Fast forward 11 months, and bitcoin and the rest of the crypto market are still struggling to recover from a massive crash that wiped out $2 trillion (that's with a T) of market capitalization over the summer. Last month, leading centralized crypto exchange FTX imploded after rival Binance backed out of a plan to acquire it. Investigations ensued, and FTX turned out to be a house of cards with liquidity issues and serious risk issues that finally came due. FTX Co-Founder and CEO Sam Bankman-Fried is a household name thanks his part in the collapse, and is awaiting trial after reportedly posting the largest federal pretrial bond ever. 

So crypto ends the year like it started the year -- on everyone's  mind, only now it's for the worst possible reasons. 

It's a reminder that these gains aren't guaranteed, despite the relentless rise of crypto over the last few years. It's also a reminder that when it comes to managing money, maybe some tried-and-true business fundamentals do matter. 

But even with all that, somehow NFTs are still a thing. Just ask former president Donald Trump

Lesson 3: The metaverse might be the future, but not anytime soon.

It was more than a year ago that Facebook went all-in on the metaverse and renamed itself Meta to symbolize CEO Mark Zuckerberg's commitment to the new virtual platform. (Never mind the controversy and baggage the company was trying to shed by dropping the Facebook name.)

In case anyone is feeling FOMO for not partaking in the metaverse: Don't worry! It's definitely still not a thing. 

Virtual reality had a brief moment during the lockdown, with Meta a specific beneficiary from increased sales of its Quest 2 VR headset. All it took for virtual reality to be appealing was a pandemic and lockdown rules trapping us in our homes. 

But the metaverse hasn't taken off as expected, and Meta has felt the pain in a real way (by that, we mean it's cost the company serious money). Meta nee Facebook's investment in a platform that hasn't taken off happened at the same time the company's core advertising business faltered in a weakened economy. The result led to the canning of 11,000 employees, or 13% of Meta's total workforce.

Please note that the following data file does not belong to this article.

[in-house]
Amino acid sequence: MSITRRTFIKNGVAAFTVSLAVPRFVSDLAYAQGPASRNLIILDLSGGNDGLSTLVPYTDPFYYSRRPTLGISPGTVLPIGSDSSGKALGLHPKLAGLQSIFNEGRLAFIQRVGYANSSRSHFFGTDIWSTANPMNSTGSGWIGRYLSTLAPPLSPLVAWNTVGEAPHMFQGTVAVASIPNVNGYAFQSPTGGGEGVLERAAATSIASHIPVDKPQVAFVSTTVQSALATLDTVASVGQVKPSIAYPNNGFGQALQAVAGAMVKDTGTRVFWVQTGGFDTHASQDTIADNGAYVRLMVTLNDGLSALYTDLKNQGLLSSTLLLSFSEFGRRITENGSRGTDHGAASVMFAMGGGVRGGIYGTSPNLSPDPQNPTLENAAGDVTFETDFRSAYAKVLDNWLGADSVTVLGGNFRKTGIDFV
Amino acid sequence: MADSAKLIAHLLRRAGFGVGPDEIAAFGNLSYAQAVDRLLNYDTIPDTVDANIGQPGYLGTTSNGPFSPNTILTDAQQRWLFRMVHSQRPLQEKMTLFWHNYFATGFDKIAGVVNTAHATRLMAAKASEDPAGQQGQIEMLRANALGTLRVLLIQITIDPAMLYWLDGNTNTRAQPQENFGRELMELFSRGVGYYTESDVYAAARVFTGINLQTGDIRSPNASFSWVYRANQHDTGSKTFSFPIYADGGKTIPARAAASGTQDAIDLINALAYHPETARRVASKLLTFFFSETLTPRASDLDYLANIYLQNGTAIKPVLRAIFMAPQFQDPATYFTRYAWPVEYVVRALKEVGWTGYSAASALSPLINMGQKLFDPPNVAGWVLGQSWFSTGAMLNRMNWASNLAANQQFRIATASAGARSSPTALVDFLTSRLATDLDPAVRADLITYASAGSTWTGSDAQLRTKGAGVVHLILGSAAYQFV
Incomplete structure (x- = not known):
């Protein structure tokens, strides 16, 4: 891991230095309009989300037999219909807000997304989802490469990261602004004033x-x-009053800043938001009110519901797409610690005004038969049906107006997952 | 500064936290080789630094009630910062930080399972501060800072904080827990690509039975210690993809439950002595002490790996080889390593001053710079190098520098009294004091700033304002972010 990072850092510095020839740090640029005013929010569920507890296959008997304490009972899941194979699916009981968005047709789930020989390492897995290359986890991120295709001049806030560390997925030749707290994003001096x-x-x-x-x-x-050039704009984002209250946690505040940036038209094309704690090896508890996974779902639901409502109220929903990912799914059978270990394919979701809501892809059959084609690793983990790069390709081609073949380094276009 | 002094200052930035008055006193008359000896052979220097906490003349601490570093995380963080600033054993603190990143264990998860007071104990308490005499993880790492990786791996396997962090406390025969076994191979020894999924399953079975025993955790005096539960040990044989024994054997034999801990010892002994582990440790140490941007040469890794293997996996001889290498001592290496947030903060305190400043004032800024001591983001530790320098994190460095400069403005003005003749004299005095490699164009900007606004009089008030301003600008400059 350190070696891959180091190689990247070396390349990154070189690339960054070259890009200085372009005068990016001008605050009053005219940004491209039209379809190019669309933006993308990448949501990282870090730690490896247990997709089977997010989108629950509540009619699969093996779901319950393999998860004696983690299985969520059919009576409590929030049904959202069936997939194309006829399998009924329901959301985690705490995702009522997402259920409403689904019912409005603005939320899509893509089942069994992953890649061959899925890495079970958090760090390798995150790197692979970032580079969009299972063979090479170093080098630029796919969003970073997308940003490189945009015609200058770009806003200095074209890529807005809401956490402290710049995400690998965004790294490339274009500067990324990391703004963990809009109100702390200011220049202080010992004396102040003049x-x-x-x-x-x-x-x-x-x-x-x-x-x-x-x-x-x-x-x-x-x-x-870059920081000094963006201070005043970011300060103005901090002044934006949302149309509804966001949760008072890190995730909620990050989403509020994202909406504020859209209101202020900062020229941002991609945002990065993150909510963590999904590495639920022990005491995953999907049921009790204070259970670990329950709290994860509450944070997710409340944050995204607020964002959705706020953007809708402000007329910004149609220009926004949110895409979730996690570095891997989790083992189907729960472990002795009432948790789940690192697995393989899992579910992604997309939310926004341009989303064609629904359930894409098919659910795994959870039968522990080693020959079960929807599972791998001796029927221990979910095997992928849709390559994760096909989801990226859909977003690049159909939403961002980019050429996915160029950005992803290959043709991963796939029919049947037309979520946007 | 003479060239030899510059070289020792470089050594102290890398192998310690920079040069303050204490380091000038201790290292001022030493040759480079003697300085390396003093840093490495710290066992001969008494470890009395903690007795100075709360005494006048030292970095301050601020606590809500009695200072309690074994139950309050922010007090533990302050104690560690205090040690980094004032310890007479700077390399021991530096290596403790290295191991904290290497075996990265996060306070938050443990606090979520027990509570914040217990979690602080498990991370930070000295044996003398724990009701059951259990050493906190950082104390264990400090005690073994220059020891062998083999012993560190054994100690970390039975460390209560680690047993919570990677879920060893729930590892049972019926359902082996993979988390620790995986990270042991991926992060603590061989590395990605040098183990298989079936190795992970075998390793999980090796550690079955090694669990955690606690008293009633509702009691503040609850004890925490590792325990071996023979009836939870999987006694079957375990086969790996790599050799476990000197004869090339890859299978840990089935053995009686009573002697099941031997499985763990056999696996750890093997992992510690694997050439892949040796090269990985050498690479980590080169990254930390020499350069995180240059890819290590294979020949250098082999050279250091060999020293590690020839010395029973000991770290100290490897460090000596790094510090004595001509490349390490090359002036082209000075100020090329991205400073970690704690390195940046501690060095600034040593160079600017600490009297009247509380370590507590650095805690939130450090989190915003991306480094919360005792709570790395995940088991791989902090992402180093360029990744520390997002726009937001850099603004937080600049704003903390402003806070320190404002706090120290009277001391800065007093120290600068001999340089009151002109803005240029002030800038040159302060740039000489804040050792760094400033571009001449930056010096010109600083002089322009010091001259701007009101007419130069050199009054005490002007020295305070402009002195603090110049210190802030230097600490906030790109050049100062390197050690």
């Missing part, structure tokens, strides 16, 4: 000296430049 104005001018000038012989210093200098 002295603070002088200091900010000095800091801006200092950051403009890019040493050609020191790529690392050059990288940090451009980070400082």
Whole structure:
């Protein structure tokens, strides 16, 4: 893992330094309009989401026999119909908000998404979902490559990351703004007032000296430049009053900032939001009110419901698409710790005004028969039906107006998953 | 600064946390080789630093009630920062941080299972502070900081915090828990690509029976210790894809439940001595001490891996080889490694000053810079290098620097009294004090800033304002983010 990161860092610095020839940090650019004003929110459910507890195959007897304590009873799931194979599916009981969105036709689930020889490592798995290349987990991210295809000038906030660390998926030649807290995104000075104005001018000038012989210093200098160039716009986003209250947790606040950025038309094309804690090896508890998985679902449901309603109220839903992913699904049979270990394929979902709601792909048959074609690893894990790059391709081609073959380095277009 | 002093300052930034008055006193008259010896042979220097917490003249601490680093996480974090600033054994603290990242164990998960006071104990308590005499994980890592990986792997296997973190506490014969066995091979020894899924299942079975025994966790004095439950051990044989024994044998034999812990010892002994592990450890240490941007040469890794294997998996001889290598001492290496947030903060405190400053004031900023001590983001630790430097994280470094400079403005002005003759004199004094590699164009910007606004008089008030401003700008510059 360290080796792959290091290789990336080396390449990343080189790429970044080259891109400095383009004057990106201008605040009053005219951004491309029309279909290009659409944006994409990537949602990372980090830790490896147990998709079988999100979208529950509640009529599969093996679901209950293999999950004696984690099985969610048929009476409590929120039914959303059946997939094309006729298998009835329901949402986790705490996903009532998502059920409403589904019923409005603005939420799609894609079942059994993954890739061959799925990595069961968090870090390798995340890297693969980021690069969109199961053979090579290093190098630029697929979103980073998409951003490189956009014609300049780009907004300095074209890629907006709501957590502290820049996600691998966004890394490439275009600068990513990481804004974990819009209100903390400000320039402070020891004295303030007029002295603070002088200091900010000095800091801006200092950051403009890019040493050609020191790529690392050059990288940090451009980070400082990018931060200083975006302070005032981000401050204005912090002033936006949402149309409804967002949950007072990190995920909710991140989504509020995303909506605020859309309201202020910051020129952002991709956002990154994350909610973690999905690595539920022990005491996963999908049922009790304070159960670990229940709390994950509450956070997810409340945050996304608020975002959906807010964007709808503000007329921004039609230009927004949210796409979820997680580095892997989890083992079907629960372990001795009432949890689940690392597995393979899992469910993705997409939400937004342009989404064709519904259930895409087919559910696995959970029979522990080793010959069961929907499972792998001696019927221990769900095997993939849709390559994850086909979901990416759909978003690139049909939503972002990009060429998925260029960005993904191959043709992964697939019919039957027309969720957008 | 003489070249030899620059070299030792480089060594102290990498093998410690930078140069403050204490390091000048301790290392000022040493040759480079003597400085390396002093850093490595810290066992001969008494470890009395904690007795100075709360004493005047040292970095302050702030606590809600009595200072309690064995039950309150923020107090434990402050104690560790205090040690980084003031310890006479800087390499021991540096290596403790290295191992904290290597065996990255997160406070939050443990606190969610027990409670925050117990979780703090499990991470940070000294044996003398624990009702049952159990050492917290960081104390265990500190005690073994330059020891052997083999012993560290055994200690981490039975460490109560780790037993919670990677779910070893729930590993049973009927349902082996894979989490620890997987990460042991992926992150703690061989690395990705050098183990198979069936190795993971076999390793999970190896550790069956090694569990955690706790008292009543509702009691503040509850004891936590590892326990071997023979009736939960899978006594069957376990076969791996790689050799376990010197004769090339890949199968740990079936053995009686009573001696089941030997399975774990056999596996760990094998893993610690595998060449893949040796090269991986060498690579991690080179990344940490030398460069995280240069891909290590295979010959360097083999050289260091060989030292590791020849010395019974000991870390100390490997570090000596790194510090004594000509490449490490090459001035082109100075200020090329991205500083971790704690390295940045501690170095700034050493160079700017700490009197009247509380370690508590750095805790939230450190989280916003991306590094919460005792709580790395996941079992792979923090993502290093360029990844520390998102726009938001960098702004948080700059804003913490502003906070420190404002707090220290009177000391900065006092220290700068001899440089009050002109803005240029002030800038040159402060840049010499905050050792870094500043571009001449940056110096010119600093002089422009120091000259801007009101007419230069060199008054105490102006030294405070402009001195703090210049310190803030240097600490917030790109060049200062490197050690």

This year's Meta Connect conference brought the Quest Pro, which has gotten a lukewarm response and isn't meant for consumers, with a price tag of $1,500. Also, the company's sales pitch kind of fell flat when, during a keynote demonstration, it presented pre-rendered, motion-captured digital legs as "real" virtually rendered ones in an attempt to suggest the tech is further along than it really is. 

If you're going to bring digital legs to a party, they better be legit. 

Lesson 4: Nothing lasts forever. And some things don't last long at all. 

In 2022, we bid farewell to a few notable services and some we barely knew existed. The takeaway: Even the most heavily hyped product or service may disappear in a flash. 

That's what happened with Google Stadia, which launched two years ago in what was supposed to be a bid to revolutionize how we game. But Google shut it down in January. The cloud gaming service should've been a no-brainer, especially as gamers logged more hours during the pandemic, yet it was beset by early technical glitches and a seeming lack of interest and investment from within the company. 

It doesn't help that there's plenty of cloud gaming competition from Xbox and PlayStation, among others. 

Another thing that came and went: Spotify's Car Thing, an auto accessory that was unveiled in 2021 but didn't hit the market until February. Within five months, the music streaming service killed the product, citing low sales volume. What's that tune this calls to mind? Could it be Oops!... I Did It Again (2022 was actually a good year for Britney Spears).

Likewise, Amazon Glow was a mashup of a tablet and projector designed to connect children with their relatives through interactive games. (CNET reviewer Bridget Carey called the $300, 4-pound tablet a "bulky Frankenstein monster of a gadget.") It barely lasted longer than Car Thing, lighting up kids' faces for about six months before getting shut down in October. 

A product family with longer legs, but with a fair share of baggage, was Facebook Portal, video chat devices that got a little time in the sun during the pandemic when we were desperate to connect with our relatives. Meta quietly eighty-sixed the line in June as it moved away from consumer products. The move wasn't a huge surprise, since the products launched amid a LOT of questions about Facebook's ability to handle consumers' privacy. CNET editor Megan Wollerton, in fact, told our readers that you shouldn't buy the Facebook Portal TV